[0026] In block 400 of FIG. 4, a computing system may determine whether a network cut/copy request has been generated. Such a request may be generated in a substantially similar fashion as was described above by employing a substantially predetermined, substantially time-limited keystroke sequence, though, of course, the invention is not limited in scope in this respect. If a network cut/copy request has not been generated, no action would typically be taken, as in block 410, and the system may return to determining whether such a request has been generated. When a network cut/copy request is indicated by the appropriate substantially predetermined event, selected information may be cut/copied in block 420. In block 430, a user identification (user-id), such as a network login identification (login-id) may be copied to be associated with the copied information. In block 440, the copied information and the user-id may be stored in a network cut-and-paste data-structure. While many alternatives exist, one technique for implementing such a data-structure, so the user-id would be associated with the copied information, may comprise employing an array data-structure or similar data-structure such as, for example, a linked-list. In this regard, an array data-structure may comprise at least one user-id data-field and at least one corresponding information data-field. The use of such data-structures is well known. In such an embodiment, at block 440, the user-id and information would typically be stored in associated respective user-id and information data-fields in such an array.

[0027] A user may then log on to a physically remote computing system. Such a system may determine whether a network paste request has been generated at block 450. If such a request has not been generated, no action would be taken at block 460 and the system may return to waiting for such a request. The user may then indicate that a network paste is desired in a substantially similar fashion as has been previously discussed by employing a substantially predetermined, substantially time-limited keystroke sequence. As a result of a network paste request being generated, the physically remote computing system may, as at block 470, search the network cut-and-paste data structure, searching for the user-id and any associated information stored in such a data structure. If the user-id matches an entry in the data-structure at block 480, the information associated with the user-id may then be pasted, as has been previously discussed. If the user-id is not found in the data-structure the system may then return to block 400 or 450 and resume waiting, respectively, for a subsequent network cut/copy request or a network paste request. The invention is, of course, not limited to this specific implementation and many alternatives may exist.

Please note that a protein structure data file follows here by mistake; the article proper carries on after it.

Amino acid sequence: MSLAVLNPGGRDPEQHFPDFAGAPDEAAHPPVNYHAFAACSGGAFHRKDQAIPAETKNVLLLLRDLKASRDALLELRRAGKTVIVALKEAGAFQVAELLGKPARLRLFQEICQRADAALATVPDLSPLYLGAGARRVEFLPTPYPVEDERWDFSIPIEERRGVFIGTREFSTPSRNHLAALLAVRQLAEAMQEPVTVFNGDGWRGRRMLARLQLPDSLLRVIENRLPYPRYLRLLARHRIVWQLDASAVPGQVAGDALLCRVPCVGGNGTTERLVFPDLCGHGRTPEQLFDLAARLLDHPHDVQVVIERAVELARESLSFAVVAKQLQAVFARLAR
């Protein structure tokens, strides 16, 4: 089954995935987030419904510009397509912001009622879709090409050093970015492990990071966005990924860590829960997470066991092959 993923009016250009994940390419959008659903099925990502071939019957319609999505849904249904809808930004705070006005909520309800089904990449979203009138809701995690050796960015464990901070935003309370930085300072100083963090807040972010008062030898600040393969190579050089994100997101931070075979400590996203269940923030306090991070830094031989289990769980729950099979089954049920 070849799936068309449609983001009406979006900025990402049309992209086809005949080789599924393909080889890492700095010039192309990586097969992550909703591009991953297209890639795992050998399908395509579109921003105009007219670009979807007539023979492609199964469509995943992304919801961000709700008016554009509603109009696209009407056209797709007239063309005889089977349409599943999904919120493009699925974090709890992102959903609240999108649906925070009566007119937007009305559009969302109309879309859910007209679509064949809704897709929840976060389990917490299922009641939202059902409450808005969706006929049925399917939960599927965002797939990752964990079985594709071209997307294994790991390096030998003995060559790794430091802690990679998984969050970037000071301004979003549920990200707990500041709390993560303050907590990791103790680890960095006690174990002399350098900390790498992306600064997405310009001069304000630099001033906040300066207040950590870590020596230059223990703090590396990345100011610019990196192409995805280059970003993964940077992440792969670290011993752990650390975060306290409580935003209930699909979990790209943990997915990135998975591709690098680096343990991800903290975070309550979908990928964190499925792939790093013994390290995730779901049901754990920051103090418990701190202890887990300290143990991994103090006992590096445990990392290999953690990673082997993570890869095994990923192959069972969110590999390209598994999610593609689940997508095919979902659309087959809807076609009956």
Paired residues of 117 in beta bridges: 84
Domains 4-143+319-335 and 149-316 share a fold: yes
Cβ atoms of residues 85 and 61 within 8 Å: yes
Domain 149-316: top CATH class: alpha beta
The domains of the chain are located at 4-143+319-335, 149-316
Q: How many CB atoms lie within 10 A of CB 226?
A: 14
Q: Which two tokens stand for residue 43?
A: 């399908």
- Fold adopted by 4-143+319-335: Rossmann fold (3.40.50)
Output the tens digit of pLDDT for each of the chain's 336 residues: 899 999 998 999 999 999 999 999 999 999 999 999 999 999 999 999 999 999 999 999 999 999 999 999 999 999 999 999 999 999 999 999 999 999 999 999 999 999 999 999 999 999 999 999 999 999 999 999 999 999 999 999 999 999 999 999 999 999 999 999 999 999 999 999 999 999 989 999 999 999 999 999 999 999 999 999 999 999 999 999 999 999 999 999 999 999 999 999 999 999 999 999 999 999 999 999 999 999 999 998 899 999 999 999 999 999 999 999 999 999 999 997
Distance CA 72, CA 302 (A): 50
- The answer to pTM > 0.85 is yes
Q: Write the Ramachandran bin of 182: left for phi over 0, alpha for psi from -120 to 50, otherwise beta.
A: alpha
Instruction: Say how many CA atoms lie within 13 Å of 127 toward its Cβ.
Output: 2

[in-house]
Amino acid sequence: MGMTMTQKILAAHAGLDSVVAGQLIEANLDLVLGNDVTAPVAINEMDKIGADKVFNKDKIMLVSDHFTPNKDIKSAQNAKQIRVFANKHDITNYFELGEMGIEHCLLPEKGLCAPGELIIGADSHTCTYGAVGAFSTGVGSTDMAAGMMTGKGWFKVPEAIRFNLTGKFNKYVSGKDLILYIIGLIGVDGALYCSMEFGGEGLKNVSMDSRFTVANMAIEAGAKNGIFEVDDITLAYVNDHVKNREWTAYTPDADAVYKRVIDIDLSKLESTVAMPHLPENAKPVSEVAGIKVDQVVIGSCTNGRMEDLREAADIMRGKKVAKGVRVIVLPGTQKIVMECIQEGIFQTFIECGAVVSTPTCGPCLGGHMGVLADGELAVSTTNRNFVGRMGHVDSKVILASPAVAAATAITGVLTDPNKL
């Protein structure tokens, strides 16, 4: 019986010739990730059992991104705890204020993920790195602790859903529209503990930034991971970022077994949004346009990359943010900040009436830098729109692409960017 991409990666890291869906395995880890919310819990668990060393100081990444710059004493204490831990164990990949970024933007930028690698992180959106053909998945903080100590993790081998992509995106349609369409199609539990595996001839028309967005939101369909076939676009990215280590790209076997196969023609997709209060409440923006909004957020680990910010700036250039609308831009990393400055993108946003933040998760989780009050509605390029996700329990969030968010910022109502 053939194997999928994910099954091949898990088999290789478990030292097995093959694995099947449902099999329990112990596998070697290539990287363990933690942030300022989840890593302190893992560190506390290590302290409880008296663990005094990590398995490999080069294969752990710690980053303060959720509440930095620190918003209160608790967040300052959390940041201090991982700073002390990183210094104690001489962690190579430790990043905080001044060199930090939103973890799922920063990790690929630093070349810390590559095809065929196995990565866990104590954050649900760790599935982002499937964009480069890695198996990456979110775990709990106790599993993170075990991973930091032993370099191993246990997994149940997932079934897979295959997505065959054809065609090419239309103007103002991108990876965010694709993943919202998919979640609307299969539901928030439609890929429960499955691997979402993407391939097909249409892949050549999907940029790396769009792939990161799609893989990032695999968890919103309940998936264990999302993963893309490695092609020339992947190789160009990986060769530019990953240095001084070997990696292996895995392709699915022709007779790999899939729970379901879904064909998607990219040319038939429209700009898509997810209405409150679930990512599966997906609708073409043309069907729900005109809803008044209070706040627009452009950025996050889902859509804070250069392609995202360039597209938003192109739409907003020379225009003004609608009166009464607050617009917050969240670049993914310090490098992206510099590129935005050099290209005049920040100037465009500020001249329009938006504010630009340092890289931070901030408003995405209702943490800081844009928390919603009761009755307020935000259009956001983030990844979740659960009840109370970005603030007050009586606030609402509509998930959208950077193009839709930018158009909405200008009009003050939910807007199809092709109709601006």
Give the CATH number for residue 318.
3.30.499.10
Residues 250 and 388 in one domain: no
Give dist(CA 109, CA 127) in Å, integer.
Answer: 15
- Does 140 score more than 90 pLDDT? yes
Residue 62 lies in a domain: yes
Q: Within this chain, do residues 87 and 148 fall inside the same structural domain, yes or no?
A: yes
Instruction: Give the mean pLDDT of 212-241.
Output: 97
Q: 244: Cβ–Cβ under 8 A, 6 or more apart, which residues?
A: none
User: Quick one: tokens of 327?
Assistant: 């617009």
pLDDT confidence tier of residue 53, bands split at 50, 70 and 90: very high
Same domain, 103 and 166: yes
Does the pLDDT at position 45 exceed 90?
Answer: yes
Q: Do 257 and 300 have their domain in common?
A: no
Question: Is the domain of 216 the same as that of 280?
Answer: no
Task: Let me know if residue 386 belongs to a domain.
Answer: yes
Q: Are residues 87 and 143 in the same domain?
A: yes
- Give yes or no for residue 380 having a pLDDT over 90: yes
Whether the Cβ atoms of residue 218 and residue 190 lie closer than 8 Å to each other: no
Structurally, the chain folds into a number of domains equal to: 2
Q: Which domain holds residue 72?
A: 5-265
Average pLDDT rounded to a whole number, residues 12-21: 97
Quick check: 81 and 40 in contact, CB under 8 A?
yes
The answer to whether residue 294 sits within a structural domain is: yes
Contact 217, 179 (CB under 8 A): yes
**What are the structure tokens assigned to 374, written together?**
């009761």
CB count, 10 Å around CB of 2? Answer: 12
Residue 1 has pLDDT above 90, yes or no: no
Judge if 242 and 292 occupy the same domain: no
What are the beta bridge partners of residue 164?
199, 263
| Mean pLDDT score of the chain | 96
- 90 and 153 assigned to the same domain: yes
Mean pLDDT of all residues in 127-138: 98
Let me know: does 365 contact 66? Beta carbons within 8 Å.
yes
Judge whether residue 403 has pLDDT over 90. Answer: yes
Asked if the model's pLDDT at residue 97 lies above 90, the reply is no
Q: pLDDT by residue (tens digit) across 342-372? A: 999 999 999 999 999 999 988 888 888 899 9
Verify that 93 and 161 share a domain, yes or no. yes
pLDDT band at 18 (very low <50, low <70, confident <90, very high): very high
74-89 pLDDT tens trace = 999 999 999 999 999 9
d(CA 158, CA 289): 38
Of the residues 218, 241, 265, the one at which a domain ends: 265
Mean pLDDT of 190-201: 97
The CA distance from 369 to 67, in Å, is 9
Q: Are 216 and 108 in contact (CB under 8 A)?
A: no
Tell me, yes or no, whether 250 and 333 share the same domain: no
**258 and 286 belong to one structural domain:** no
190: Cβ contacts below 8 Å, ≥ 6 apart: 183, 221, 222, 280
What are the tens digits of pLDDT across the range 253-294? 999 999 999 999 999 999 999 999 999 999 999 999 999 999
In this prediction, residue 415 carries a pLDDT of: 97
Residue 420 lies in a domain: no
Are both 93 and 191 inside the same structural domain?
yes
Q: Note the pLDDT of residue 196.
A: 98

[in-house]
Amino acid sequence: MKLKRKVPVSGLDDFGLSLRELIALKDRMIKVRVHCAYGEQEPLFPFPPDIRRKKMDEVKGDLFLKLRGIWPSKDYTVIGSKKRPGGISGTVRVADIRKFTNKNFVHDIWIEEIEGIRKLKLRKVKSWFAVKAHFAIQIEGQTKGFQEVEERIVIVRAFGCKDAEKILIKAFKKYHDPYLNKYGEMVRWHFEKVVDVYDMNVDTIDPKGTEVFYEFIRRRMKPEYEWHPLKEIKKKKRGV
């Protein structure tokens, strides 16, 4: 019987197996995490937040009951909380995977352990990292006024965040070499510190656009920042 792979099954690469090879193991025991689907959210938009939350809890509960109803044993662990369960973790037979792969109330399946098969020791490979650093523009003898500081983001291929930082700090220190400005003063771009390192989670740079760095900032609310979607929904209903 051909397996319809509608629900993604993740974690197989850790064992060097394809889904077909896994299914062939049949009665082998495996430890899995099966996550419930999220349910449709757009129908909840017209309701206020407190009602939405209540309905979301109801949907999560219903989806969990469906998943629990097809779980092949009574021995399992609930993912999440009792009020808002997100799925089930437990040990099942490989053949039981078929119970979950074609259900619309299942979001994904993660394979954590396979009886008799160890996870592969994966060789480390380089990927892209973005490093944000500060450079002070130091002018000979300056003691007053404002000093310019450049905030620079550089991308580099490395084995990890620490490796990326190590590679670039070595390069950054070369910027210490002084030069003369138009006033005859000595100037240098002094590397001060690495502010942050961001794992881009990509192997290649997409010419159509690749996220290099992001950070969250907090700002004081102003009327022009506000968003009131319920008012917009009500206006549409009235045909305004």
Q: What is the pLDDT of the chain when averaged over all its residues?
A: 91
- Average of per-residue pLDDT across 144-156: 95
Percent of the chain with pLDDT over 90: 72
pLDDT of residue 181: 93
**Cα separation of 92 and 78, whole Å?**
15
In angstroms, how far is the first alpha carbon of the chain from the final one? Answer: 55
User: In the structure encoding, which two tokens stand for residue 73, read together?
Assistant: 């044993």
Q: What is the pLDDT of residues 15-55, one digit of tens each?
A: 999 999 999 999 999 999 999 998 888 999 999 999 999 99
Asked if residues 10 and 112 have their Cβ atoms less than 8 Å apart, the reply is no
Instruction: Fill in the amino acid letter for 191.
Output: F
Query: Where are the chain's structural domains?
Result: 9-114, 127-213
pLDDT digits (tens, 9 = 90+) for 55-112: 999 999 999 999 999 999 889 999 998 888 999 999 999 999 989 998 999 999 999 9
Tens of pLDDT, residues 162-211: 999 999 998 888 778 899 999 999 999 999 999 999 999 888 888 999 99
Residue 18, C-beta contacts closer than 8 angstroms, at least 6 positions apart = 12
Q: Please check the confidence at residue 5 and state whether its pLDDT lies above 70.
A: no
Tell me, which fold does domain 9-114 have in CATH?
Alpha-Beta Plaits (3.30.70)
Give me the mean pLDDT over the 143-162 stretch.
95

[0028] While certain features of the invention have been illustrated and described herein, many modifications, substitutions, changes and equivalents will now occur to those skilled in the art. It is, therefore, to be understood that the appended claims are intended to cover all such modifications and changes as fall within the true spirit of the invention.

Referenced by
Citing PatentFiling datePublication dateApplicantTitle
US7516398 *Dec 23, 2003Apr 7, 2009Samsung Electronics Co., Ltd.Apparatus and method of executing multi-clipboard
US20120303707 *Apr 19, 2012Nov 29, 2012Chi Mei Communication Systems, Inc.Computer and method for remotely sharing operations of the computer with an electronic device
EP1577769A2 *Mar 4, 2005Sep 21, 2005Nokia CorporationMethod and system for centralized copy/paste functionality
Classifications
U.S. Classification709/238, 719/318
International ClassificationG06F9/46
Cooperative ClassificationG06F9/543
European ClassificationG06F9/54C
Legal Events
DateCodeEventDescription
Apr 23, 2014FPAYFee payment
Year of fee payment: 8
Jul 4, 2013ASAssignment
Effective date: 20111122
Free format text: ASSIGNMENT OF ASSIGNORS INTEREST;ASSIGNOR:INTEL CORPORATION;REEL/FRAME:030747/0001
Owner name: MICRON TECHNOLOGY, INC., IDAHO
May 12, 2010FPAYFee payment
Year of fee payment: 4
Mar 30, 2001ASAssignment
Owner name: INTEL CORPORATION, CALIFORNIA
Free format text: ASSIGNMENT OF ASSIGNORS INTEREST;ASSIGNOR:GOLDSTEIN, JUDITH A.;REEL/FRAME:011680/0574
Effective date: 20010329